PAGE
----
This month I would like to take the opportunity to focus on a very important employee, Mi Aye, who has been working as part of the BCMF team since 2015. In addition to her many contributions to the success of the BCMF B.K. Kee Patient House, her personal story is quite remarkable. Many thanks to BCMF’s director, Kanchana Thornton for providing Mi Aye’s background story.

Mi Aye’s connection to BCMF began when she was referred in 2009 as a young cardiac patient who needed help to have her pacemaker checked and replaced. This device helps regulate her heartbeat to a normal rate so she can carry on with her everyday life.

At the age of three, Mi Aye’s parents moved the family to Mae La refugee camp as unregistered refugees to escape conflict in their home village in Karen State, Burma. It was during this time when her mother noticed Mi Aye had a heart problem. Her first pacemaker was inserted in 2004 at the age of 11 years old with the help from a medical NGO that was working in the camp at the time. She is one of four sisters that was lucky enough to receive support from her aunt who helped her parents cover the cost of her education in a Thai school near the refugee camp. Mi Aye completed grade 12 and by then, the family had moved out of the camp to set up home in Tha Song Yang District in Tak Province, Thailand. Her father worked as a day laborer on a farm and her mother worked as a daycare provider. Mi Aye was able to finish her schooling and then got a job in a phone shop.

In 2009, Mi Aye had her pacemaker replaced and needed annual check-ups. BCMF was able to provide the ongoing support she required during the time at the BCMF’s house as a patient. At the house she provided help with translation for other Karen patients. Mi Aye made it known that if an opportunity was available to formally take a paid position at the house, she was very interested. In 2015 a need for someone with her skills and background became available and Mi Aye joined the team and was provided with more training for the position. Her job is to translate for the patients during their hospital visits, helping communicate with the hospital medical staff as well as applying computer and phone skills to assist the patients and caregivers. Mi Aye is also responsible for accounting as well as managing the patients who are older than her and getting them to understand and follow through on treatment and aftercare.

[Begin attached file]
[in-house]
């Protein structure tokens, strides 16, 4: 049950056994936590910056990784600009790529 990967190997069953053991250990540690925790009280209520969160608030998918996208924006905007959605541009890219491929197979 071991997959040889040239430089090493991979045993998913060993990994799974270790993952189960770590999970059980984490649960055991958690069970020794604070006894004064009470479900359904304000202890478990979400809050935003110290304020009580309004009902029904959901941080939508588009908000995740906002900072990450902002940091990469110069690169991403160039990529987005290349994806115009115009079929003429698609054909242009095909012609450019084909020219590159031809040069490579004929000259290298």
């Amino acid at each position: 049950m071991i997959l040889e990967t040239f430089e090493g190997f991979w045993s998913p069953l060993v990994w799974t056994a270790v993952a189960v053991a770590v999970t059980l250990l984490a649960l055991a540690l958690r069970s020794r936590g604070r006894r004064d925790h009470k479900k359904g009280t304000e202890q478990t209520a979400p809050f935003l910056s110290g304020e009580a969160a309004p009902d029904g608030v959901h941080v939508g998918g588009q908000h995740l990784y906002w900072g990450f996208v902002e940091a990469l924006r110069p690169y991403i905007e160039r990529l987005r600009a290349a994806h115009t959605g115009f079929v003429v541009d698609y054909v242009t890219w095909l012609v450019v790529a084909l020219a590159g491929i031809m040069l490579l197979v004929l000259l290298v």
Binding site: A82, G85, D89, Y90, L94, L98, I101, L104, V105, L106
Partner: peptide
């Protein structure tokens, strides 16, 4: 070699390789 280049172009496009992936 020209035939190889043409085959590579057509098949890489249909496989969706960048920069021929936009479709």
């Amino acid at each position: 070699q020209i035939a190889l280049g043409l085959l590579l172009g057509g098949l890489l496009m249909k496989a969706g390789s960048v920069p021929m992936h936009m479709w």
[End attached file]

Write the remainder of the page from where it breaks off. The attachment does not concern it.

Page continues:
In addition, Mi Aye also helps the house residents with recreation and supports projects at the head office in Mae Sot. In 2019 Mi Aye taught herself and the residents how to make washable pencil cases for BCMF’s school stationery project in Karen State and Mae Sot (left). They made a total of 1,100 pencil cases.

In 2020, due to the COVID 19 pandemic, the patients and caregivers were unable to return home. The staff have the responsibility to keep the house residents occupied and make the best use of their time. With the support from Mae Sot office, Mi Aye started to search on YouTube for how to make face masks and transform used clothing into mats, bags and quilts in order to teach the house residents useful skills. Together, they have sewn over 400 face masks that were given out to Thai hospital staff and used for BCMF’s projects in Mae Sot. Mi Aye continues to expand her arts and crafts skills to share with the patients and caregivers.

It has been a pleasure to work with Mi Aye as well as to get to know more of the BCMF staff both here in Chiang Mai and in Mae Sot. Kanchana has assembled a most impressive team and we can all be grateful to be supporting such an amazing program.

Below left, Mi Aye is helping a patient before Covid-19.  At right, she displays her artistic ability with her facemask removed just for the photo.

If any Rotarians are interested in joining us on our every other Sunday visits, please reach out to Bill Pierce, B.K. Kee Patient House Project Champion. Temperature screening is done when we arrive and we are required to wear face coverings during the entire visit. We leave the Shell station at 11:00 (on Huay Kaew Rd.) on Sunday mornings and usually complete our visit around 12:45.

BEAM Responding to a Plea of Support

With the Covid-19 lockdown in Mae Sot, along the border with Burma, the residents at the Burma Children Medical Fund's B K Kee Patient House in Chiang Mai are unable to return home.

What to do, how can we use this time to help the residents? The solution was to help and give life-long skills.